Flexibility is absolutely critical to becoming a great athlete. Developing it should be first priority, along with developing strength.

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What is the contribution of abdominal strength to jumping? Some would say there is none, and they would be wrong. Since the jumping motion does not include flexion of the torso, your abdominal muscles do not actually contribute force to your jump. What they are important for is creating stability.Stability is a very important factor in jumping. You must have stability in your legs and torso for the purpose of transferring force. This is a hard concept to explain, because you can't really picture force transfer, but I'll do my best. When you jump, the force that sends your body upwards comes from the floor. This may sound incorrect. Your body generates force that pushes down on the floor. According to Newton's 3rd law, the floor will push back with the exact same amount of force. Imagine if you ran up to jump, but the place where you planted your feet was a trap door. You would push down, but you would not go up because the trap door would collapse instead of pushing back like the floor would.Now, knowing that the force that propels your body comes from the ground, it makes sense that the force has to be transferred through your legs to your center of mass, which is in your torso. For this to be done effectively, you have to joint and core stability. If your ankles, knees, or hips are wobbly, energy will be lost. This is why an ankle or knee sprain can continue to limit your athleticism even after the pain is gone, and your muscles are back to full strength. Some other examples... try to do a pushup with your hands planted on an exercise ball. The ball creates instability, your arms will wobble, and energy is lost making the pushup quite difficult. Or imagine trying to jump on ice. The ice creates instability, so your jumping ability is limited. If your core is unstable, you will not be able to apply force to it to propel it into the air. Imagine trying to throw a big cube of jello up into the air. You couldn't get it very high, because the jello is unstable. Put that same cube of jello in a pan, and you will be able to throw it much higher despite the extra weight, because the pan makes it stable, allowing you to apply force to it. In the same way, your core must be solid for you to apply to it the high amount of force required to send it high into the air. Try feeling your abs while you jump; they naturally flex quite hard to make your torso rigid.Most athletes will have enough core stability that it won't limit them in a movement like a standing jump. But in sports, you are going to want to be able to maintain that core stability in all kinds of positions, moving in all directions, and with contact from other players. Therefore, it is wise to continue increasing core strength throughout your entire athletic career.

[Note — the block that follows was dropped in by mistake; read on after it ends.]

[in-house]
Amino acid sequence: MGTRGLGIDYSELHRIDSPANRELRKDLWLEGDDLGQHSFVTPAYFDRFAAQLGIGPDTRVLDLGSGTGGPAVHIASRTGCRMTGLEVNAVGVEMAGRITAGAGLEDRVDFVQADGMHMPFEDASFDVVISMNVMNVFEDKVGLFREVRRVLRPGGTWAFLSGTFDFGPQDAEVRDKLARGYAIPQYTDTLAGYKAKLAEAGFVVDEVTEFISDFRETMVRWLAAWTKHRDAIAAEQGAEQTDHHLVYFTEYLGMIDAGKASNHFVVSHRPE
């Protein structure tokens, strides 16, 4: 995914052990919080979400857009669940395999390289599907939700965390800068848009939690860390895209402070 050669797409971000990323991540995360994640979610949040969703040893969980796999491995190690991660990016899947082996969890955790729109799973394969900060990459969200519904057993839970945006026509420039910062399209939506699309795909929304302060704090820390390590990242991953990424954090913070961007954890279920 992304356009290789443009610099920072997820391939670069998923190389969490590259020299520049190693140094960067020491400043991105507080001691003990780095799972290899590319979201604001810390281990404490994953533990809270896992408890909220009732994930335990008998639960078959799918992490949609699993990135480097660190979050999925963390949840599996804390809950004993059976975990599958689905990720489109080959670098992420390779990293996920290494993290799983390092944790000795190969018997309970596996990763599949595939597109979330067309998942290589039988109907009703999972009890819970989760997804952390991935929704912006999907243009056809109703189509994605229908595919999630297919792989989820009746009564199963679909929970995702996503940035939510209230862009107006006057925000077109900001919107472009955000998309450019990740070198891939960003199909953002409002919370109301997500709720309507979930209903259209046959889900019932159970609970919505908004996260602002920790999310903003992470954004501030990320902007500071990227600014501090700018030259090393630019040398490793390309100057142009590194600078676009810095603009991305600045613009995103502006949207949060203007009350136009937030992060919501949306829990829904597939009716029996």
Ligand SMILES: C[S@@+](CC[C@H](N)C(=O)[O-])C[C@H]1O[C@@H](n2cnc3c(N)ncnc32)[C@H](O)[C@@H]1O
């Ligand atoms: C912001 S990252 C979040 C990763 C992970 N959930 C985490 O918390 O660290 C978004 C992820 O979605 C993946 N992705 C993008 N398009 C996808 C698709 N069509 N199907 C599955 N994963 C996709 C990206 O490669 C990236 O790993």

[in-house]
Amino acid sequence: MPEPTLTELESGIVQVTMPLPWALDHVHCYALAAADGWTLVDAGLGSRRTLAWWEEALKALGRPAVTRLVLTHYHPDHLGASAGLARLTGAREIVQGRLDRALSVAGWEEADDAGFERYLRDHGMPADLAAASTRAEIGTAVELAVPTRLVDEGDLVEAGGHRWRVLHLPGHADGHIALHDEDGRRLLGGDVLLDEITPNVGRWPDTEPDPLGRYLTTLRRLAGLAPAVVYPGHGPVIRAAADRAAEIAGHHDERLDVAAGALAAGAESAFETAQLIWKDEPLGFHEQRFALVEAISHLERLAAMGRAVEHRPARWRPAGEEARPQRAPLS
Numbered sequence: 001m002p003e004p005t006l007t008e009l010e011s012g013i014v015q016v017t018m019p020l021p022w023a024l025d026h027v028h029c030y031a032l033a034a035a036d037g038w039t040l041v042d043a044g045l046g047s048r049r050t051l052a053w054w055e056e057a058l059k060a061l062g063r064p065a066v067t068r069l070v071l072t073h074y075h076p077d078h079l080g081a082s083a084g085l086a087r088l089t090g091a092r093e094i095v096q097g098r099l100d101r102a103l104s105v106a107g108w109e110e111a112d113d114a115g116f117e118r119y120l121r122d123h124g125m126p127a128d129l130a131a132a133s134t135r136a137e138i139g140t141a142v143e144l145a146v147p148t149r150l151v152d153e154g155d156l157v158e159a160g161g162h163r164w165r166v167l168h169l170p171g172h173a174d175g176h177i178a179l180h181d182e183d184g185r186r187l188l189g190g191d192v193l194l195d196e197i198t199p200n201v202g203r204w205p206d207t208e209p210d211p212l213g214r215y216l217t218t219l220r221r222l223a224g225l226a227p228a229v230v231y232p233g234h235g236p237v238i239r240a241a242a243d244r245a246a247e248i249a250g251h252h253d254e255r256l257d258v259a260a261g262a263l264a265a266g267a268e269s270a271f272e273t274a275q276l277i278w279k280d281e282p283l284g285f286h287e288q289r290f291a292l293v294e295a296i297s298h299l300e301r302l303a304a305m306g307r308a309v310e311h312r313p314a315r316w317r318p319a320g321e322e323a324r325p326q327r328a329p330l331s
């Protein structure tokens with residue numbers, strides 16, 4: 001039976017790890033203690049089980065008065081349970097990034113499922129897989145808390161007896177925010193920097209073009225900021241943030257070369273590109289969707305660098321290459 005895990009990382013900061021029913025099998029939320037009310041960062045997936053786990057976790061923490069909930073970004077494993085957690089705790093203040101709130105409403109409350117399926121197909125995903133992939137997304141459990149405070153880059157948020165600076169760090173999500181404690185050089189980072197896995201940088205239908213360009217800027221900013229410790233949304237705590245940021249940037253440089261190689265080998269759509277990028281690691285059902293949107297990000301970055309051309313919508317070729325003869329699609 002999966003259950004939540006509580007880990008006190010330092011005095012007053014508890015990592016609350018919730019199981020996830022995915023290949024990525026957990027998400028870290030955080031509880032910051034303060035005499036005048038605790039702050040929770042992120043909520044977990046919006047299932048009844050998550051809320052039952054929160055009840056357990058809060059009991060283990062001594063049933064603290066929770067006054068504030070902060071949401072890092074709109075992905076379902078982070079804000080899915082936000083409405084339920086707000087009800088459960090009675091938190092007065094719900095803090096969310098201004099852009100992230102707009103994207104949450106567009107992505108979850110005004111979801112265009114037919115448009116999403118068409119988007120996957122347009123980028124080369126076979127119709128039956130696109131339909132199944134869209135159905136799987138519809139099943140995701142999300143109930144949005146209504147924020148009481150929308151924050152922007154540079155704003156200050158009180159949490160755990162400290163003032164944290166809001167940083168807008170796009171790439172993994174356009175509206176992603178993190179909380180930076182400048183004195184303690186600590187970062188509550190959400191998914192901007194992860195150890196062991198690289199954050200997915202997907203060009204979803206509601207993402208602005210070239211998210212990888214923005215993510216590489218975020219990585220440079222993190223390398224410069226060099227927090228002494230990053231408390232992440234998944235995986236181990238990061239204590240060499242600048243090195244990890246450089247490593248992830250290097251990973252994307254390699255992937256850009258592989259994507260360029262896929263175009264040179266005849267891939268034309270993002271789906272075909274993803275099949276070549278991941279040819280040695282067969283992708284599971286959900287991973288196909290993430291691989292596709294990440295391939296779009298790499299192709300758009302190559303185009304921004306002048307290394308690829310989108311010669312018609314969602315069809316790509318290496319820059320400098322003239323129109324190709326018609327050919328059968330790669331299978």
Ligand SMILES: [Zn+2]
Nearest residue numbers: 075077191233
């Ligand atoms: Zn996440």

You may have heard about fast and slow twitch muscle fiber. You may have read that only fast twitch fibers are used in jumping and sprinting; you may have read that getting faster or jumping higher is not very possible unless you are one of the people blessed with a high percentage of fast twitch fibers. Do these people have an advantage? Yes. Is that the primary factor affecting athleticism? Absolutely not. Those who are not as gifted genetically surely should not throw in the towel on jump training or becoming a great athlete in general.There is an entire spectrum of muscle fiber twitch speed. People have come up with three classifications (type I slow twitch, type IIB fast twitch, and type IIA, which are fast but not as fast as type IIB) but in fact there is a broad continuum of many more than three types. But the point is that there are faster and slower twitch fibers. The common misconception is that type II fibers are the only ones that are used for explosive movements like jumping. What needs to be understood is that, although type I fibers are not as fast as type II, they still reach full contraction force in less time than it takes to jump and, thus, are fully utilized. The much larger factor in explosiveness is the speed at which groups of fibers called motor units are stimulated by the nervous system. The activation of the motor units is the process that takes longer than the jumping motion and limits the amount of force put into explosive movements. Therefore, it is far more important to train the nervous system to excite more motor units faster than to have those motor units be made of fast twitch fibers. Training explosively is what increases this ability of the nervous system. In addition, although muscle fibers to not completely transform from one end of the speed spectrum to the other, your body does slightly alter the behavior of muscle fibers based on demands. If an athlete trains using slow movements, his or her fast twitch fibers will act more like slow twitch. Likewise, using maximum speed movements causes slow twitch fibers to act faster.Therefore, please do not feel like you have no chance of becoming a great athlete because you are not as genetically gifted as some may be. Take it from me; genetically, I'm fairly average, but I am certainly an above average athlete. Effort and intelligence will get you far in sports training and in life.I believe I have given you enough information to help you make effective training plans on your own. However, I realize that many readers are looking for actual jump workouts, and also many athletes need instruction in the correct execution of exercises. That is why I spent years developing a jump training program.

Daniel Back is an aspiring athlete and vertical jump and strength specialist for Complete Game Athletics. He has achieved a 43-inch vertical leap himself and has had great success training others. For more info check out his sports training articles, instructional exercise videos, and vertical jump programs at